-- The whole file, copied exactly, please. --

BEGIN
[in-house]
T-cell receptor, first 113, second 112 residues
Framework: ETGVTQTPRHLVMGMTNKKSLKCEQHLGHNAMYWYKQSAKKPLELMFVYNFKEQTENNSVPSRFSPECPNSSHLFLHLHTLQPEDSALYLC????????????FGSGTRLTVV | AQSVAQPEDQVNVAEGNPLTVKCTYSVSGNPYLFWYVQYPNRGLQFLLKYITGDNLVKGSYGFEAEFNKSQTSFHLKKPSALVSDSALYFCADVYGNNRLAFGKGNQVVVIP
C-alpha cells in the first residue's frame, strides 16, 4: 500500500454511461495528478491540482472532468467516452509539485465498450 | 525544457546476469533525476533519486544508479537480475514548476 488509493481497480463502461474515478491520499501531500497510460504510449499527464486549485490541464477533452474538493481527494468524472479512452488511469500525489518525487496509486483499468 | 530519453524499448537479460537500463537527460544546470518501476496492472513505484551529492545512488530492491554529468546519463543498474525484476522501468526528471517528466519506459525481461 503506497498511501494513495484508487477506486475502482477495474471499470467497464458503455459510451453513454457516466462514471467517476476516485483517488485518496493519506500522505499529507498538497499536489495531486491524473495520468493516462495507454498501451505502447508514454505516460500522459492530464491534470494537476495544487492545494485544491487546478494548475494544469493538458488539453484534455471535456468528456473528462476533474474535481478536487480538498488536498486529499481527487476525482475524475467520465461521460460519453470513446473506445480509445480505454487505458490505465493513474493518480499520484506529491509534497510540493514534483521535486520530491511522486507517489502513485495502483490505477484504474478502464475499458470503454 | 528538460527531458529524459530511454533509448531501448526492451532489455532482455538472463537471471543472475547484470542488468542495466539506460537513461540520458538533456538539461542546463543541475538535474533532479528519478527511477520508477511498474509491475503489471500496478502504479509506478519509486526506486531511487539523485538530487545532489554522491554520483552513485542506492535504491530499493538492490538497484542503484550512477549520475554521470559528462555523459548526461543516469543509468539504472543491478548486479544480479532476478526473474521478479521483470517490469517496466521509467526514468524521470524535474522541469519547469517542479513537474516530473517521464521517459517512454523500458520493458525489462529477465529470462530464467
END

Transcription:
[in-house]
T-cell receptor, first 113, second 112 residues
Framework: ETGVTQTPRHLVMGMTNKKSLKCEQHLGHNAMYWYKQSAKKPLELMFVYNFKEQTENNSVPSRFSPECPNSSHLFLHLHTLQPEDSALYLC????????????FGSGTRLTVV | AQSVAQPEDQVNVAEGNPLTVKCTYSVSGNPYLFWYVQYPNRGLQFLLKYITGDNLVKGSYGFEAEFNKSQTSFHLKKPSALVSDSALYFCADVYGNNRLAFGKGNQVVVIP
C-alpha cells in the first residue's frame, strides 16, 4: 500500500454511461495528478491540482472532468467516452509539485465498450 | 525544457546476469533525476533519486544508479537480475514548476 488509493481497480463502461474515478491520499501531500497510460504510449499527464486549485490541464477533452474538493481527494468524472479512452488511469500525489518525487496509486483499468 | 530519453524499448537479460537500463537527460544546470518501476496492472513505484551529492545512488530492491554529468546519463543498474525484476522501468526528471517528466519506459525481461 503506497498511501494513495484508487477506486475502482477495474471499470467497464458503455459510451453513454457516466462514471467517476476516485483517488485518496493519506500522505499529507498538497499536489495531486491524473495520468493516462495507454498501451505502447508514454505516460500522459492530464491534470494537476495544487492545494485544491487546478494548475494544469493538458488539453484534455471535456468528456473528462476533474474535481478536487480538498488536498486529499481527487476525482475524475467520465461521460460519453470513446473506445480509445480505454487505458490505465493513474493518480499520484506529491509534497510540493514534483521535486520530491511522486507517489502513485495502483490505477484504474478502464475499458470503454 | 528538460527531458529524459530511454533509448531501448526492451532489455532482455538472463537471471543472475547484470542488468542495466539506460537513461540520458538533456538539461542546463543541475538535474533532479528519478527511477520508477511498474509491475503489471500496478502504479509506478519509486526506486531511487539523485538530487545532489554522491554520483552513485542506492535504491530499493538492490538497484542503484550512477549520475554521470559528462555523459548526461543516469543509468539504472543491478548486479544480479532476478526473474521478479521483470517490469517496466521509467526514468524521470524535474522541469519547469517542479513537474516530473517521464521517459517512454523500458520493458525489462529477465529470462530464467